Tuesday, January 3, 2017

Dear Family and Friends,

We hope this finds you all well.

We came back from Cameroon in May to resettle in the US so we could be closer to our families. This summer we had the great opportunity to travel around the US by car for 2 months visiting many family and friends and seeing many sights. We appreciate all of you who were so hospitable and generous with time, resources, and places for 6 of us to stay as we travelled along.

Since August we have been living in Frazier Park, CA,  about an hour from Jennifer's parents. It is a small rural community of about 2000 people nestled in the Los Padres National Forest at an elevation of 4,600 feet and a few miles off I-5.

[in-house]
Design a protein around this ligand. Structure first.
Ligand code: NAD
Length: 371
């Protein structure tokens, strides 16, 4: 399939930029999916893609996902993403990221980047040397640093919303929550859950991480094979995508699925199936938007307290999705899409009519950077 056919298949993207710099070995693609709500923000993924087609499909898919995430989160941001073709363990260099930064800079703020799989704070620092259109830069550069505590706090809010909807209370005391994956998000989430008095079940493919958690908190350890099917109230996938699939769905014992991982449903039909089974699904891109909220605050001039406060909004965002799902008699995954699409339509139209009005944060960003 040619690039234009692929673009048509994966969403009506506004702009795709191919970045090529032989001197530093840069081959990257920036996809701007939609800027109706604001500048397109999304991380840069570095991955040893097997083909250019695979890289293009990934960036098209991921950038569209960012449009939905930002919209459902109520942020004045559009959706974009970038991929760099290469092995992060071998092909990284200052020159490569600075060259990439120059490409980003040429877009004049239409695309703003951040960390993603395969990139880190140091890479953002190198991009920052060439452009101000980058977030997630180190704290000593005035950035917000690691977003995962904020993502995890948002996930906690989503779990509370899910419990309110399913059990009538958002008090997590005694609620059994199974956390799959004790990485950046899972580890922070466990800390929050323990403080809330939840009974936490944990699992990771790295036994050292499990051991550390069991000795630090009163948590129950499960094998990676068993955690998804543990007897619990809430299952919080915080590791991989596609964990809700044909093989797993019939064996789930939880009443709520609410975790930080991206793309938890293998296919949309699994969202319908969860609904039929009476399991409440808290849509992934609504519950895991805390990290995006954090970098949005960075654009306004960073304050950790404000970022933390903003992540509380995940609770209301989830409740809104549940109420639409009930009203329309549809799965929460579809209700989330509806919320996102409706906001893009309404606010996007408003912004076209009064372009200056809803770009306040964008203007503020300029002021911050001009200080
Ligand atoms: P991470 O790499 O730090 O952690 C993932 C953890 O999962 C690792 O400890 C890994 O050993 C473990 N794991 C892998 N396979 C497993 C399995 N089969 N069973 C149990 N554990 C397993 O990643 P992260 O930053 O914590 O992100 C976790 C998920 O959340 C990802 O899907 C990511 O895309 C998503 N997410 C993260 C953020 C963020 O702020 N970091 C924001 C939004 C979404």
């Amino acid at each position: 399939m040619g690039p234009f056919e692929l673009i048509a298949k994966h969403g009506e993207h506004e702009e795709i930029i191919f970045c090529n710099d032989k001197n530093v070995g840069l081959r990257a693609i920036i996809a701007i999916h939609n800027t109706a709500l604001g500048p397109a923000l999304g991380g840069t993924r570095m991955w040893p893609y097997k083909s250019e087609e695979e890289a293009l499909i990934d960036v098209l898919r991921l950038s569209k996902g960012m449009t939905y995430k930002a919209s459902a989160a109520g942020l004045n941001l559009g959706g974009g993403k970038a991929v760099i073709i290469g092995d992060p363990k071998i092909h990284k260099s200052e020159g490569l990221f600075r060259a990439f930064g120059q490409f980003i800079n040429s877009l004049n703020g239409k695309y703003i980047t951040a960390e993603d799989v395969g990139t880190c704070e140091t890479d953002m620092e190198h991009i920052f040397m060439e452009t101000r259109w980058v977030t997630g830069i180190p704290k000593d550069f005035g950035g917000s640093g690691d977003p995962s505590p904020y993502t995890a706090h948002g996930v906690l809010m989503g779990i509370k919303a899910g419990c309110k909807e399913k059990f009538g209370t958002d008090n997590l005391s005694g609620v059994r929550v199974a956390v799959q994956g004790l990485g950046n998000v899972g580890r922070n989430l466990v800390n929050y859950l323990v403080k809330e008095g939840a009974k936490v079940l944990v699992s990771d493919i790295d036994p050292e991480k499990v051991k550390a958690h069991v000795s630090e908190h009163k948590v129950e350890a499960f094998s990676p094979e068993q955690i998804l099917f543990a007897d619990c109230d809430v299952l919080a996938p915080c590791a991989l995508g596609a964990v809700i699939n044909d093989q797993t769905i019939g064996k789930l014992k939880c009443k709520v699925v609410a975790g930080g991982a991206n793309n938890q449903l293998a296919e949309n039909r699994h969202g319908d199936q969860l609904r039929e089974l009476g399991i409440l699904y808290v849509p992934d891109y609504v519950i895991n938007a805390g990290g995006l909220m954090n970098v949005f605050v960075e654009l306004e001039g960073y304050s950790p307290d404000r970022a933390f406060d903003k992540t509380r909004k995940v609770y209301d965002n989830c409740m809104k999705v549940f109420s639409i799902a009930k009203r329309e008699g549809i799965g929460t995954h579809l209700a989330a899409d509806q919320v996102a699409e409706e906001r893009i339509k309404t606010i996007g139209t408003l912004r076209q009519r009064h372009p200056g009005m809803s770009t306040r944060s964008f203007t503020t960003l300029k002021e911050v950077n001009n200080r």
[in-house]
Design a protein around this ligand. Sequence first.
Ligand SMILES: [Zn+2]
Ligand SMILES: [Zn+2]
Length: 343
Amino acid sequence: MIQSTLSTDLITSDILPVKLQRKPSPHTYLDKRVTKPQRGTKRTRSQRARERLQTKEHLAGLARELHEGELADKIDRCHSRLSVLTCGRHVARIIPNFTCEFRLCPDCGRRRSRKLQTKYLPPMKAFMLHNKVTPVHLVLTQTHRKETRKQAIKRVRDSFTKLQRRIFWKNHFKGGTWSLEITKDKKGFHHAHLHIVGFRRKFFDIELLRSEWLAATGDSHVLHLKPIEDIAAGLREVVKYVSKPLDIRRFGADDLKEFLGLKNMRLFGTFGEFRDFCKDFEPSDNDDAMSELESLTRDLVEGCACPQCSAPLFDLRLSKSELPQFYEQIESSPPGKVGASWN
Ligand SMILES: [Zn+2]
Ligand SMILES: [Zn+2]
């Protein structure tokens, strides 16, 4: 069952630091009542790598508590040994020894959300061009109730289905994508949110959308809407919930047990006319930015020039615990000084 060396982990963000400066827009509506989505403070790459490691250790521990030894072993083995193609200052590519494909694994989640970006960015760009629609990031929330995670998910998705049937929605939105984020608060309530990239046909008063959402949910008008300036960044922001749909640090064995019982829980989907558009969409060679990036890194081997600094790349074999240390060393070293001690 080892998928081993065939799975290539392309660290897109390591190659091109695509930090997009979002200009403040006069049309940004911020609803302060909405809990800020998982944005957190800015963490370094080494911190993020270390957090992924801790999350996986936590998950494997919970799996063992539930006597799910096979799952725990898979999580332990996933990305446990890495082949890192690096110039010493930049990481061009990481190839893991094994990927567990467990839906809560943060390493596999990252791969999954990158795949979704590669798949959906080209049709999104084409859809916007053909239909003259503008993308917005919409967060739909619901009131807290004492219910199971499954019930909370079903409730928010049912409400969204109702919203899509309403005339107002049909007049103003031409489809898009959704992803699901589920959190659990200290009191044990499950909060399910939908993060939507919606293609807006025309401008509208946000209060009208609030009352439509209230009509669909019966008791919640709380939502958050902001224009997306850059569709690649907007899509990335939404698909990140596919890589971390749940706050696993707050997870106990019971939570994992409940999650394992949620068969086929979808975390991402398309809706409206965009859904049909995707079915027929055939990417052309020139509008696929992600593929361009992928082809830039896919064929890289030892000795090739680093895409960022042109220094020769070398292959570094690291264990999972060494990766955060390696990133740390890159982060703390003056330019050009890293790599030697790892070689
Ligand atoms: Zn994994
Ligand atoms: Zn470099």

The children are going to a small public charter school called "Peak to Peak" that sits surrounded by national forest at an elevation of over 6200 feet. It has a total of 80 children in K - 8th with multiple grade levels in one classroom. Christopher and Elizabeth are in 8th grade, Julianne is in 6th and Nicholas is in 4th. All of them are really enjoying their new school and making new friends.

Brent and Jennifer are working with Clinica Sierra Vista.  This is a very large federally qualified health center system in California (third largest the the nation) with over 1000 employees operating out of 70 sites in Kern and Fresno counties. The clinic we are working at is in Lebec, CA. Besides the two of us (who share one full-time job), there is a pediatric nurse practitioner who comes twice a week and a OB/Gyn who comes once a month. The communities that the clinic serves are anywhere from 45 minutes to 1.5 hours from any other healthcare services. So, for as close as we are to LA, the location is relatively rural.  There is one flashing red light on the 17 mile road connecting the 5 mountain communities. Reminds us a bit of the rural places we've lived in other countries.